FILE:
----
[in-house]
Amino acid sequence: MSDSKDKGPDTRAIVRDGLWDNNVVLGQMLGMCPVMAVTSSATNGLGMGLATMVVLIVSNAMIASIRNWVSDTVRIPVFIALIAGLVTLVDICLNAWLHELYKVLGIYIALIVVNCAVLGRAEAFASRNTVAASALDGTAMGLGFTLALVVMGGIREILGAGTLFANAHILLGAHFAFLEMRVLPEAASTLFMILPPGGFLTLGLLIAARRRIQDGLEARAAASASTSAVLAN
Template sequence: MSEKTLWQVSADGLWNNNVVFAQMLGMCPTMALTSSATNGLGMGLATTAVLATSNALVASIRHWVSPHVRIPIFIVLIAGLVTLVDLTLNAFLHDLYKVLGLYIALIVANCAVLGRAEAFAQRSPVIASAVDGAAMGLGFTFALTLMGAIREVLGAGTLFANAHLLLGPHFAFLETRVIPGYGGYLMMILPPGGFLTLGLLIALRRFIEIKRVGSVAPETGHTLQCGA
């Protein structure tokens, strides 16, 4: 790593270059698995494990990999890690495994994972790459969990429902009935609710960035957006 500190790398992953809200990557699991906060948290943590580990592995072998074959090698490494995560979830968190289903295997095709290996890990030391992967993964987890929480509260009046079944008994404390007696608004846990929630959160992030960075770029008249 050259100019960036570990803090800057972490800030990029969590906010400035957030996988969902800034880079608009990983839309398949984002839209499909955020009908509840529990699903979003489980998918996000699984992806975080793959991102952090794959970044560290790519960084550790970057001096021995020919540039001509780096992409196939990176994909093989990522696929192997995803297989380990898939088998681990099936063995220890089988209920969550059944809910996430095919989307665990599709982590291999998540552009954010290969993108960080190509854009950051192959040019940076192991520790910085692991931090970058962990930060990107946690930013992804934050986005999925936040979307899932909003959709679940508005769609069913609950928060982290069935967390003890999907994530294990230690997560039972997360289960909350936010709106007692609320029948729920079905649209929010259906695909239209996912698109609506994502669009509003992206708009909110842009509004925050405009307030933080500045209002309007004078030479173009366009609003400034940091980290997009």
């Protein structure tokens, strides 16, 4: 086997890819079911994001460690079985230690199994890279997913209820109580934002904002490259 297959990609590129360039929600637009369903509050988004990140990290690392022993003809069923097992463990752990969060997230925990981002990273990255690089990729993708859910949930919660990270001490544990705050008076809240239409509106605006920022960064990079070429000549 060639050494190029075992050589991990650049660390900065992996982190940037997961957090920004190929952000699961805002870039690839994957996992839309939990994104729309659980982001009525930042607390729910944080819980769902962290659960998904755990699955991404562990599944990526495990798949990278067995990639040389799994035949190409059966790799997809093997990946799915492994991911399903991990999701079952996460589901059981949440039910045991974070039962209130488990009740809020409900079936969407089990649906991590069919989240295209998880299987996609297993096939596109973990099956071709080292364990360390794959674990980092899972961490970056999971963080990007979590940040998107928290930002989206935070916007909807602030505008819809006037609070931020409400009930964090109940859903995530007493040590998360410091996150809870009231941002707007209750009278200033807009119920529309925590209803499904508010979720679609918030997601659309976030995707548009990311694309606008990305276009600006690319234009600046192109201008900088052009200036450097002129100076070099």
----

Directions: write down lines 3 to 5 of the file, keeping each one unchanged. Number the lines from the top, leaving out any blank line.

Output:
Template sequence: MSEKTLWQVSADGLWNNNVVFAQMLGMCPTMALTSSATNGLGMGLATTAVLATSNALVASIRHWVSPHVRIPIFIVLIAGLVTLVDLTLNAFLHDLYKVLGLYIALIVANCAVLGRAEAFAQRSPVIASAVDGAAMGLGFTFALTLMGAIREVLGAGTLFANAHLLLGPHFAFLETRVIPGYGGYLMMILPPGGFLTLGLLIALRRFIEIKRVGSVAPETGHTLQCGA
């Protein structure tokens, strides 16, 4: 790593270059698995494990990999890690495994994972790459969990429902009935609710960035957006 500190790398992953809200990557699991906060948290943590580990592995072998074959090698490494995560979830968190289903295997095709290996890990030391992967993964987890929480509260009046079944008994404390007696608004846990929630959160992030960075770029008249 050259100019960036570990803090800057972490800030990029969590906010400035957030996988969902800034880079608009990983839309398949984002839209499909955020009908509840529990699903979003489980998918996000699984992806975080793959991102952090794959970044560290790519960084550790970057001096021995020919540039001509780096992409196939990176994909093989990522696929192997995803297989380990898939088998681990099936063995220890089988209920969550059944809910996430095919989307665990599709982590291999998540552009954010290969993108960080190509854009950051192959040019940076192991520790910085692991931090970058962990930060990107946690930013992804934050986005999925936040979307899932909003959709679940508005769609069913609950928060982290069935967390003890999907994530294990230690997560039972997360289960909350936010709106007692609320029948729920079905649209929010259906695909239209996912698109609506994502669009509003992206708009909110842009509004925050405009307030933080500045209002309007004078030479173009366009609003400034940091980290997009």
């Protein structure tokens, strides 16, 4: 086997890819079911994001460690079985230690199994890279997913209820109580934002904002490259 297959990609590129360039929600637009369903509050988004990140990290690392022993003809069923097992463990752990969060997230925990981002990273990255690089990729993708859910949930919660990270001490544990705050008076809240239409509106605006920022960064990079070429000549 060639050494190029075992050589991990650049660390900065992996982190940037997961957090920004190929952000699961805002870039690839994957996992839309939990994104729309659980982001009525930042607390729910944080819980769902962290659960998904755990699955991404562990599944990526495990798949990278067995990639040389799994035949190409059966790799997809093997990946799915492994991911399903991990999701079952996460589901059981949440039910045991974070039962209130488990009740809020409900079936969407089990649906991590069919989240295209998880299987996609297993096939596109973990099956071709080292364990360390794959674990980092899972961490970056999971963080990007979590940040998107928290930002989206935070916007909807602030505008819809006037609070931020409400009930964090109940859903995530007493040590998360410091996150809870009231941002707007209750009278200033807009119920529309925590209803499904508010979720679609918030997601659309976030995707548009990311694309606008990305276009600006690319234009600046192109201008900088052009200036450097002129100076070099």